Well it’s…
Too late
To drag the past out into the light
We’re one, but we’re not the same
We get to
Carry each other
Carry each other

You look at me and I can see it all in your eyes. The blood moon bathing in your light, the raging waters, a burning fire running with the wind. We are awake. We are alive. The electricity sparking. Vibrations, sensations collide.


Ignition: I rocket up into the air and stop suddenly, dangling, just for a moment before crash landing on a mountain top. I pick myself up and find myself standing on the cliff edge. My feet planted on the ground but my chest pulling me over the edge. My body helplessly in love with gravity, I have no choice but to fall into you.

Have you come here for forgiveness
Have you come to raise the dead
Have you come here to play Jesus
To the lepers in your head

And I’m standing on your shore. The wave still rolling through the sky, the moon beaming down into my heart, the earth drawing me down, deeper. I can still hear it. The universe brimming with sound. It ripples all around me igniting my skin, buzzing through me and around me. It gets louder. And suddenly the wave in your eyes crashes down on me. I am drowning. I am gasping. Rolling, tumbling, tossing, turning. Lost somewhere inside you.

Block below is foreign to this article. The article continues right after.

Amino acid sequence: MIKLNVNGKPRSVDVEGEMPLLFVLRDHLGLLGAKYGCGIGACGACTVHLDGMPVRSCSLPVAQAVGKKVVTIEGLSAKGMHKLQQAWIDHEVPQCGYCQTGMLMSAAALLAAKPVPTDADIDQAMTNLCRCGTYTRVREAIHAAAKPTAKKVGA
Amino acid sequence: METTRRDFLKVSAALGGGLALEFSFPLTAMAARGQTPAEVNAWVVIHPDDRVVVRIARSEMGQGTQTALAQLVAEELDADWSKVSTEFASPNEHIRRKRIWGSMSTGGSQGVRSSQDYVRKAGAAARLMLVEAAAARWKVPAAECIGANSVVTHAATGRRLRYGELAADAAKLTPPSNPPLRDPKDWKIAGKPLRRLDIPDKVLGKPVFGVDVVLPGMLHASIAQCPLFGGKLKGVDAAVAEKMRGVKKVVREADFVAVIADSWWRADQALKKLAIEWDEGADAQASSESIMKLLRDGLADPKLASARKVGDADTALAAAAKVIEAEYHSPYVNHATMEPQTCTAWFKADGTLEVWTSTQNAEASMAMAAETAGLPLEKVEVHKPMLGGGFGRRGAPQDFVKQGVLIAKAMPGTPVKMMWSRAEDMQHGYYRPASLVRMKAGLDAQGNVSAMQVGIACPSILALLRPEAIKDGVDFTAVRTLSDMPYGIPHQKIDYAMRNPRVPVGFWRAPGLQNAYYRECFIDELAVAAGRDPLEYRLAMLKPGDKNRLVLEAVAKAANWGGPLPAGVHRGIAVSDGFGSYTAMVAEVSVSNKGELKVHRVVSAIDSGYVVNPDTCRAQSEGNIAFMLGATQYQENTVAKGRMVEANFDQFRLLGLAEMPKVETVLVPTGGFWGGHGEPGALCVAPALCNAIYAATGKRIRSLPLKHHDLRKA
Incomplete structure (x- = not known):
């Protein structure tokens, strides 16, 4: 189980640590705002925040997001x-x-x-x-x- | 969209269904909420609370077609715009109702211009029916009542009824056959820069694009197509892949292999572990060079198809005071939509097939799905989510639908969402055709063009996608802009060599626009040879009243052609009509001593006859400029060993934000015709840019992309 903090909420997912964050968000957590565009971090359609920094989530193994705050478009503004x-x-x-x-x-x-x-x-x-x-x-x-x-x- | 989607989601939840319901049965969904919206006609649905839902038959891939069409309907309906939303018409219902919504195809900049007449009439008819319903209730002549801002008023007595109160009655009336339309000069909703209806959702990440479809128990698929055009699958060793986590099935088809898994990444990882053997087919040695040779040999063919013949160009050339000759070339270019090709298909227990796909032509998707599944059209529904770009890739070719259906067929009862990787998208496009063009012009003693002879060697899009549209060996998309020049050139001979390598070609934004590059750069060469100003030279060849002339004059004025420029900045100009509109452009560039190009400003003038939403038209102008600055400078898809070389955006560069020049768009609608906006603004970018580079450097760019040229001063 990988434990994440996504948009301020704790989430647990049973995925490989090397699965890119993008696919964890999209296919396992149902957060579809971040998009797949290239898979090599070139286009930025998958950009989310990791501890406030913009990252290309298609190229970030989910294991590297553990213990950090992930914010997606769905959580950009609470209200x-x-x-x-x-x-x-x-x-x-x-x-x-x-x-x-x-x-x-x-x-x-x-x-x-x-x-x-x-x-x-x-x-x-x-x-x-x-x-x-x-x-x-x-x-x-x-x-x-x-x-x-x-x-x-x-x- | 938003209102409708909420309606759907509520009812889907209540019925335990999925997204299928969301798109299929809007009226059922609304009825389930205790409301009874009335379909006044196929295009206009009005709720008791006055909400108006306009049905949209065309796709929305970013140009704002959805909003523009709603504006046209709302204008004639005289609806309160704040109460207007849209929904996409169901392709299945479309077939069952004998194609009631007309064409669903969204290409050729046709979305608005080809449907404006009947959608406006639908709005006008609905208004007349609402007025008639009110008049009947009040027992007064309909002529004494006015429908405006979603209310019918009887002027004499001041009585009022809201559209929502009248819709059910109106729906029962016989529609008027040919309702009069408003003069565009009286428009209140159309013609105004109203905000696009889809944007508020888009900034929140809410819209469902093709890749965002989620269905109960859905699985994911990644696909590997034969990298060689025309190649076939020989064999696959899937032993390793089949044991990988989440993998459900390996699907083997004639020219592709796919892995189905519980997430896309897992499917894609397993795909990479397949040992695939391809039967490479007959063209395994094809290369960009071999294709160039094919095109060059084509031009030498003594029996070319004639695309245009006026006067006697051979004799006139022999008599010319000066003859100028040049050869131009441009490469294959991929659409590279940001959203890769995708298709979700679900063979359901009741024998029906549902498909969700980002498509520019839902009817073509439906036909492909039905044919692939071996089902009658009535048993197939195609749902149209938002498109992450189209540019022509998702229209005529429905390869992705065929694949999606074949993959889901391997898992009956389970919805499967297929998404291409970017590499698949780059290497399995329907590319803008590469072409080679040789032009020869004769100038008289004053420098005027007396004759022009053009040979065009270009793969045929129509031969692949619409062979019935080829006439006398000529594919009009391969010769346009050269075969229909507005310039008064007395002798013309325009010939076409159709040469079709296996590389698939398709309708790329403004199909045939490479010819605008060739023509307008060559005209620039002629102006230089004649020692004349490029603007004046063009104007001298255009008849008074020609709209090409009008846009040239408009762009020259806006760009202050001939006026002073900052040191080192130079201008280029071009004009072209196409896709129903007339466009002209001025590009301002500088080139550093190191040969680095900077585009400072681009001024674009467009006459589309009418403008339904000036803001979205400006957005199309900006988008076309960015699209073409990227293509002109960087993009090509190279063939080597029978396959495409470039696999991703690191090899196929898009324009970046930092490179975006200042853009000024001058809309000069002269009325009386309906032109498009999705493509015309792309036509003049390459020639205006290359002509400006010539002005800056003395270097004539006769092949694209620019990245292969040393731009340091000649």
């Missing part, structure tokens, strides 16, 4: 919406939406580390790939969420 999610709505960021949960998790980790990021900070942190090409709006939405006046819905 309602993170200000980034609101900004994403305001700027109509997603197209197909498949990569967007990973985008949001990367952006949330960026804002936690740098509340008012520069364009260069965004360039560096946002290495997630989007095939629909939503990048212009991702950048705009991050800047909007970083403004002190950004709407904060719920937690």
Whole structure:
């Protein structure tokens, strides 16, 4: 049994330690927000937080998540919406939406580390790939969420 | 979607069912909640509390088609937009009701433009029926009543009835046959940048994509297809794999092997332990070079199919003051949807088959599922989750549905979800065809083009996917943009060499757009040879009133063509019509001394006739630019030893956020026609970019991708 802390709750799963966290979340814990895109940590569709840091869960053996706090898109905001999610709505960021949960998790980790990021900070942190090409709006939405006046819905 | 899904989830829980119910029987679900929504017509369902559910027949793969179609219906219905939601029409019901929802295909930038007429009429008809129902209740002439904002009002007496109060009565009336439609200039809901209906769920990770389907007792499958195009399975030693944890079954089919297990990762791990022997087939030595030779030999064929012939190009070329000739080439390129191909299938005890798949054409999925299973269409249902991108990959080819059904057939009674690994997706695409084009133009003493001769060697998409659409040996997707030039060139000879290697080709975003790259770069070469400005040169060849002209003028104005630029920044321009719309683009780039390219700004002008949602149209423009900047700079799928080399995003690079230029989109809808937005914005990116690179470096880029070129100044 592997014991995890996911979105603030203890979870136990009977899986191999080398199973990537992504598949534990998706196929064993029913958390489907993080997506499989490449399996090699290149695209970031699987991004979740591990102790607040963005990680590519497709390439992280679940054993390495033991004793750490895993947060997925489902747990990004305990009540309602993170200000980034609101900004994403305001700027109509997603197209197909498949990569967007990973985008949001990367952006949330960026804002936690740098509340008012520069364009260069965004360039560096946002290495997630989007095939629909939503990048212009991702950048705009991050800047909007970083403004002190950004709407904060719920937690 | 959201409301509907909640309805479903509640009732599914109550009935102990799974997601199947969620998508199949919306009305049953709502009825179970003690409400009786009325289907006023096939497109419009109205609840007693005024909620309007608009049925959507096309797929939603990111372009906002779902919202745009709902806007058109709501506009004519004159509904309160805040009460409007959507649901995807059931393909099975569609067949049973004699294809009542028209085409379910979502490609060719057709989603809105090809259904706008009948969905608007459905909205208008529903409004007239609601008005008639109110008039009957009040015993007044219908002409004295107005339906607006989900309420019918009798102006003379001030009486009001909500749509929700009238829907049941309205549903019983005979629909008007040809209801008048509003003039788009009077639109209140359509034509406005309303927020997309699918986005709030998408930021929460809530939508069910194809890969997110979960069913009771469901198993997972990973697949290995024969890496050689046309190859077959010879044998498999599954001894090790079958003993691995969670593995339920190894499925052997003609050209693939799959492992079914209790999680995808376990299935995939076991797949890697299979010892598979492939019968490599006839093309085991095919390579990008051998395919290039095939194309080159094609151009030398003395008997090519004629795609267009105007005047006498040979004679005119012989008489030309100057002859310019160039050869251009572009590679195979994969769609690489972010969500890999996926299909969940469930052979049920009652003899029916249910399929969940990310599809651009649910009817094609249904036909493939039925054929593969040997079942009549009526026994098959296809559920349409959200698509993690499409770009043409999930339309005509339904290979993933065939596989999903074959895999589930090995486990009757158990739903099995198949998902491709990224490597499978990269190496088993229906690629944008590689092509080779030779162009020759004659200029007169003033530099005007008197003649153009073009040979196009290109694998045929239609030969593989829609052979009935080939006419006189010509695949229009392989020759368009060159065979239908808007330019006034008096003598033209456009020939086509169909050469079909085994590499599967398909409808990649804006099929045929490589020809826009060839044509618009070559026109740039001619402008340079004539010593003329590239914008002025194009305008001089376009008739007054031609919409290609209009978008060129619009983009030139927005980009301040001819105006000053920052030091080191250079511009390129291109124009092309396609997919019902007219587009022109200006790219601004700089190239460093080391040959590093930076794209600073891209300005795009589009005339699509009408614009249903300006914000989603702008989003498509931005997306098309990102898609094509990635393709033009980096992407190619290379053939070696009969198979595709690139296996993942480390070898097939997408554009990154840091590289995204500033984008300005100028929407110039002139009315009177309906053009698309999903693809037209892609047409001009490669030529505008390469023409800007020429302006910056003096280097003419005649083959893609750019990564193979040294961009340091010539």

Did I ask too much
More than a lot
You gave me nothing
Now it’s all I got
We’re one
But we’re not the same
Well we
Hurt each other
Then we do it again
You say

But there ahead of me is a rope.

Love is a temple

I reach out and grasp on tight.

Love a higher law

As soon as I do, it splinters into a billion threads.

Love is a temple

It shoots up to the sky, down into the earth, out into every corner of your world.